On 29 November 2012, 65 years after the United Nations’ partition plan that envisaged dividing Palestine into two countries, and more than 44 years after the beginning of the Israeli occupation of the West Bank, Gaza and East Jerusalem, Palestine has become a ‘non-member state’ at the UN.
But what does this upgrade mean in symbolic and practical terms?
This is a resounding symbolic victory, no doubt about it. The Palestinian flag being laid down on the floor of the UN General Assembly, in front of the Israeli and US ambassadors, will put a smile on the faces of everyone that supports justice. The fact that Hamas congratulated Mahmoud Abbas, even if not too enthusiastically, opens potential new avenues for the unity of the Palestinian movement.
The fact that countries like France and Italy voted in favour is, in diplomatic terms, also a huge step forward. The fact that Germany, Poland, the Netherlands and Australia abstained, and did not vote against, is also progress and shows that Europe is less and less on the side of Israel, symbolically at least. The Israeli newspaper Haaretz reported yesterday that an Israeli ambassador said: ‘We’ve lost Europe’.
The final result, which was expected, isolates further the US, Israel and Canada, putting them more than ever on a completely different wavelength from the rest of the world.
This achievement, which keeps alive the tiny bit of hope Palestinians have in the international community, must not be underestimated. But we can not fool ourselves because in practical on-the-ground terms this vote hardly changes a thing.
What is important after such an historic moment is what’s happening the day after.
Let’s remember that this vote was only to upgrade Palestine to a ‘non-member state’ (the same status as the Vatican) and that, if it is not followed by actions from those who voted in favour, it will have been totally meaningless. The fact that France and other European Union countries, when it comes to concrete political steps, are active supporters of Israel should not be forgotten. France recently upgraded Israel’s status in the EU, with regard to trade agreements, and the association agreement between the EU and Israel – giving Israel virtual EU membership and access to most EU bodies – still holds. The call from civil society to cancel or at least suspend this agreement until Israel respects its duties on human rights has so far fallen on deaf ears.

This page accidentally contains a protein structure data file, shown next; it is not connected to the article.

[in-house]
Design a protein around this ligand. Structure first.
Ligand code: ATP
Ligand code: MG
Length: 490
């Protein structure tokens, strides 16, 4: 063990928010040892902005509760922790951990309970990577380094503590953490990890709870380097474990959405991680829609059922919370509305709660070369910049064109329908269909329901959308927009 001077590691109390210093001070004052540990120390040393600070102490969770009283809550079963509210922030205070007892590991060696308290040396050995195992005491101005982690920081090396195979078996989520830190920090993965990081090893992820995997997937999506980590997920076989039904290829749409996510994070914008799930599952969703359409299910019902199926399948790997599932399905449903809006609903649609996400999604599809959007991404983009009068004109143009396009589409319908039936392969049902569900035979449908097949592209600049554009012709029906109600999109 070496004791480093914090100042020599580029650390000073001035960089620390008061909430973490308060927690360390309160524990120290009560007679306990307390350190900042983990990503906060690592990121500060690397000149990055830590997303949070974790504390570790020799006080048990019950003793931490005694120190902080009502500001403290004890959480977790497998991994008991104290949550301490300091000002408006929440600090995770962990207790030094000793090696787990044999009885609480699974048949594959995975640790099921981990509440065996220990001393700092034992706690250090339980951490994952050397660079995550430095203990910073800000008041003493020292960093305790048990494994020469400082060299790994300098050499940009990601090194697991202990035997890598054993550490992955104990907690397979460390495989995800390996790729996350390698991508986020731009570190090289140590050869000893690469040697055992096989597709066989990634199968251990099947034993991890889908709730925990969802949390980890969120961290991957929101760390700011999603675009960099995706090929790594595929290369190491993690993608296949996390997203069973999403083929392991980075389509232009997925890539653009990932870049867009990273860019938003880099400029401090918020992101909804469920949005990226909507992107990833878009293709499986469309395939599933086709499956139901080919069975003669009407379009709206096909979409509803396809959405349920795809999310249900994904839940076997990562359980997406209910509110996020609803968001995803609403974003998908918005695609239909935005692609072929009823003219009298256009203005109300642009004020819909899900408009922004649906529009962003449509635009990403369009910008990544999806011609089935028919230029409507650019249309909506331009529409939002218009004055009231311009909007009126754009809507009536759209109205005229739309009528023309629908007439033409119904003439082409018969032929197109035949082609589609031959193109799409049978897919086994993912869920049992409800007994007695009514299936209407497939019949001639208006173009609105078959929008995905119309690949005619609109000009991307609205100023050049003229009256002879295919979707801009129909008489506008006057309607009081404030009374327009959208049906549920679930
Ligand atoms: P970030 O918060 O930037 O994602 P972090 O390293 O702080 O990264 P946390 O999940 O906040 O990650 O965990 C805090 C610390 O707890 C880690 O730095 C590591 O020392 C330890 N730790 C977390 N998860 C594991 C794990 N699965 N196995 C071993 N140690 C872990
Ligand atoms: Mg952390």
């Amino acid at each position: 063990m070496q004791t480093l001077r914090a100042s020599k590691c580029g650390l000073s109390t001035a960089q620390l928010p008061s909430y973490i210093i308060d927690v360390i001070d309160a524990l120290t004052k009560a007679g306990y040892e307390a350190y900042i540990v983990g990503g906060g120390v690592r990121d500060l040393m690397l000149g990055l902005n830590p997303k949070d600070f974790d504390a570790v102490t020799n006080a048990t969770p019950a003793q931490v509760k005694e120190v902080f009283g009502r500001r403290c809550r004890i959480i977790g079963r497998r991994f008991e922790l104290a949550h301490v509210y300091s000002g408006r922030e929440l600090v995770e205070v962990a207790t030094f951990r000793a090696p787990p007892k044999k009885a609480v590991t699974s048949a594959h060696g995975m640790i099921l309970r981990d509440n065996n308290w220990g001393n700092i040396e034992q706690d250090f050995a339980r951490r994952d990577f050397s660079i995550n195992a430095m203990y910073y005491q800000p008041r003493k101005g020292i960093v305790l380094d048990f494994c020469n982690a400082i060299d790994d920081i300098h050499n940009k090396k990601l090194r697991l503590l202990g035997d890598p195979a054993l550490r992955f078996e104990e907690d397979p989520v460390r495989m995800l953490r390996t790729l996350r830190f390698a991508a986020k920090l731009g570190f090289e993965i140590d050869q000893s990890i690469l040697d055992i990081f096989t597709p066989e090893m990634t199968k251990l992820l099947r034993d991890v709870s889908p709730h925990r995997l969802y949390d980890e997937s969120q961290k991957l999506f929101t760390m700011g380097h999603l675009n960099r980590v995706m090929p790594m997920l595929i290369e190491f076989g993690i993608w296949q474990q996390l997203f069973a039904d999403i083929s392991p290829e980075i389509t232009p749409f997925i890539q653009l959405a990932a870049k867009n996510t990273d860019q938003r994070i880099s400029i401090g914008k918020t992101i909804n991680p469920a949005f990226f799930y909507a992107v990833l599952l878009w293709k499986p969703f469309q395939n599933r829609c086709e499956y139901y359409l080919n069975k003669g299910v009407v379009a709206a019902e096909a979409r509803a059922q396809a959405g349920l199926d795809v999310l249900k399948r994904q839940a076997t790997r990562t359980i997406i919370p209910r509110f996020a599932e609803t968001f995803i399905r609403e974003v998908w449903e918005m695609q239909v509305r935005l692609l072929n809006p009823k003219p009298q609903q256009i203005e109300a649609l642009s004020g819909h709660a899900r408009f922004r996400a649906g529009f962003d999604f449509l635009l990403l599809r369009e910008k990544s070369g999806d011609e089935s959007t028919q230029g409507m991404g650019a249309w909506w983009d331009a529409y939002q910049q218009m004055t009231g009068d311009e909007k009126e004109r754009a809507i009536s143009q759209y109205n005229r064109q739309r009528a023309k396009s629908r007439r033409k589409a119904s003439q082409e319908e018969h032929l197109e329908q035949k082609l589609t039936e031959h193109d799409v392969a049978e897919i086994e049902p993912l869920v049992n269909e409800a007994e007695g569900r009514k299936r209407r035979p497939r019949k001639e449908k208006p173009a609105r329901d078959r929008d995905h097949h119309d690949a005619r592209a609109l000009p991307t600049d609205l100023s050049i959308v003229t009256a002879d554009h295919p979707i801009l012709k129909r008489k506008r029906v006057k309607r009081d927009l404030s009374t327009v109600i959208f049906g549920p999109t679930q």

When Israel launched ‘Operation Pillar of Cloud’, in November 2012, the EU, via Catherine Ashton, the High Representative for Foreign Affairs and Security Policy, only expressed regret at Israel’s actions while strongly condemning Hamas and the Palestinian people for exercising their right to resist a most powerful occupier. Ashton went so far as to tell Netanyahu that Israel had, like any other country, the right to self-defence (which, under international law is completely bogus, as Hamas is not a state anyway and Palestinians are under Israeli occupation) but that Israel should ‘respond’ in a proportionate manner. In non-diplomatic language, this meant ‘go and do whatever you want’.
Being a non-member state at the UN gives Palestine one huge opportunity, however. Palestine could apply for admission at the ICC (International Criminal Court) and therefore take to court the various individuals behind some of the most vicious and, most importantly, well-documented War Crimes and Crimes Against Humanity in history. For most Palestinians, this was the most important thing this statehood initiative could achieve. Symbolism is good, but actions and changes on the ground are what counts.
So why would the Palestinian Authority not do this?
Mahmoud Abbas has, throughout this whole process, repeated that negotiating with Israel was still a number one priority. He has also said that you could not negotiate with someone while taking them to court the same time, which suggests that the day Palestine will ask for admission at the ICC has not come yet. Abbas and his entourage are the same people that have helped bury the Goldstone report at the UN Human Rights Council and have also never done anything with the impressive 2004 International Court of Justice ruling on the Separation Wall.
Mahmoud Abbas and the Palestinian Authority (PA) are hardly popular in Palestine at the moment – for good reasons. People like Leila Shahid, who is the Palestinian delegate to the European Union, say that the PA has failed and that more than 20 years of negotiations have brought nothing but more misery for the Palestinians, If the PA does follow, once again, the path of sociocidal negotiations with Israel and its partner the US, it will once again be down to civil society both in Palestine and around the world, to take up the real struggle.
This struggle is today, more than ever, an anti-colonial one, based on justice, human rights for all, and the right to self-determination. It goes further than standing in solidarity with the Palestinians.